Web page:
As a campaign bus adorning the
The reality, however, is much different — and much funnier.
Farage’s decision to stay bus-bound in Wakefield was prompted by his earlier dousing in a banana and salted caramel milkshake by a member of the public. The 32-year old man who threw the drink at Farage nonetheless. the latter was campaigning in Newcastle was subsequently arrested on suspicion of common assault and criminal damage. The man stated: ‘I was quite looking forward to [the milkshake], but I think it went on a better purpose’.
The incident on Monday is the latest in a string of lactose-based attacks on far-right politicians in the UK. Last week, footage emerged of Tommy Robinson suffering the same milky fate. Robinson (real name Stephen Yaxley-Lennon) has gained a reputation for his uncompromising anti-Islamic views and is standing as an independent candidate in the North-West of England in the upcoming elections. Meanwhile, UKIP candidate Carl Benjamin, who is under investigation for remarks he made about raping Labour MP Jess Phillips, has reportedly suffered the milkshake treatment four times during his campaign.
The incident involving Farage has prompted a debate over the direction of political debate. There are many who believe that milkshaking sets a dangerous precedent, stifling political discussion whilst facilitating an increase in more violent methods. In his response to being doused, Farage tweeted that such acts were making campaigning ‘impossible’, acting as an obstacle to ‘civilised democracy’.
Given these remarks, it is odd therefore that Farage made the Trumpian move of banning Channel 4 from Brexit Party press conferences over the weekend following questioning on Channel 4 News over his expenses and financial relationship to Leave.EU financier, Arron Banks. What is more, despite his apparent desire to participate in a ‘civilised democracy’, Farage was filmed in May 2017 claiming that if Brexit was not delivered he would have to ‘don khaki and pick up a rifle’ — one can only assume to pick off milkshakers, the real enemies of democracy.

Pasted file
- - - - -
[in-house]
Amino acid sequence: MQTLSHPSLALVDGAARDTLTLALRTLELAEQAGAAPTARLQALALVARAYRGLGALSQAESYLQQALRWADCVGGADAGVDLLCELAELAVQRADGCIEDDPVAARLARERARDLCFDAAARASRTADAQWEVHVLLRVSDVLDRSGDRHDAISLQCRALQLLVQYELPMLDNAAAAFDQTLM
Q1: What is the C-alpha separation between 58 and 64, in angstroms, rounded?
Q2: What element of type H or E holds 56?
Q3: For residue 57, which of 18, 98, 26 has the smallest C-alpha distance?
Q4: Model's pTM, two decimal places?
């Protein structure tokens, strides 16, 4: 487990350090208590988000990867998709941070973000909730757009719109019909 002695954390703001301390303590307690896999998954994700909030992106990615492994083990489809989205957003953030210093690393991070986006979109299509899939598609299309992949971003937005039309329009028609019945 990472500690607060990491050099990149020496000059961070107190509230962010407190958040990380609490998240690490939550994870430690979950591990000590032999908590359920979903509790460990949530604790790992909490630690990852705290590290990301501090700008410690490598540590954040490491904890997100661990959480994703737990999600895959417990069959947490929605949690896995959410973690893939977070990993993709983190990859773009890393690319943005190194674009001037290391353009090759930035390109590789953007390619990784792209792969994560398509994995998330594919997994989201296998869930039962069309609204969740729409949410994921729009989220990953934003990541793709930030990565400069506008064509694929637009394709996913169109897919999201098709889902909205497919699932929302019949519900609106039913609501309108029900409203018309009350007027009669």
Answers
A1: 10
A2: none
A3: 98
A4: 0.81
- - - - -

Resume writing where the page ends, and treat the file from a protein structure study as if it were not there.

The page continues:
In addition, the emergence of
The next time Farage thinks of bemoaning the ‘impossibility’ of political campaigning as a result of lactose-based drinks, he should reflect on how the politics he propounds facilitate a certain impossibility for almost three-quarters of ethnic minorities in Britain: going through life without abuse because of the
In response to the incident, a Downing Street spokesperson affirmed that the Prime Minister ‘has been clear that politicians should be able to go about their work and campaign without harassment, intimidation, or abuse’. Similarly, former Labour prime minister Tony Blair argued that
Whilst the milkshakes may not (yet) have committed racial or atrocities on a mass scale, it is worth remembering that Hitler, Mussolini, Franco, Moseley
The rise of the far-right is real and it has to be checked. Milkshake is not an ideal instrument to this end, nor is it sustainable, but it has proved a useful symbol nonetheless. It takes the recent white nationalist symbol of milk and makes it look ridiculous. It publicly humiliates those who represent a politics which is premised on and sustained by the active subjugation and humiliation of those who are more vulnerable
Anyway, what kind of snowflake gets upset by a bit of milkshake thrown at them?
Image Credit: Sky News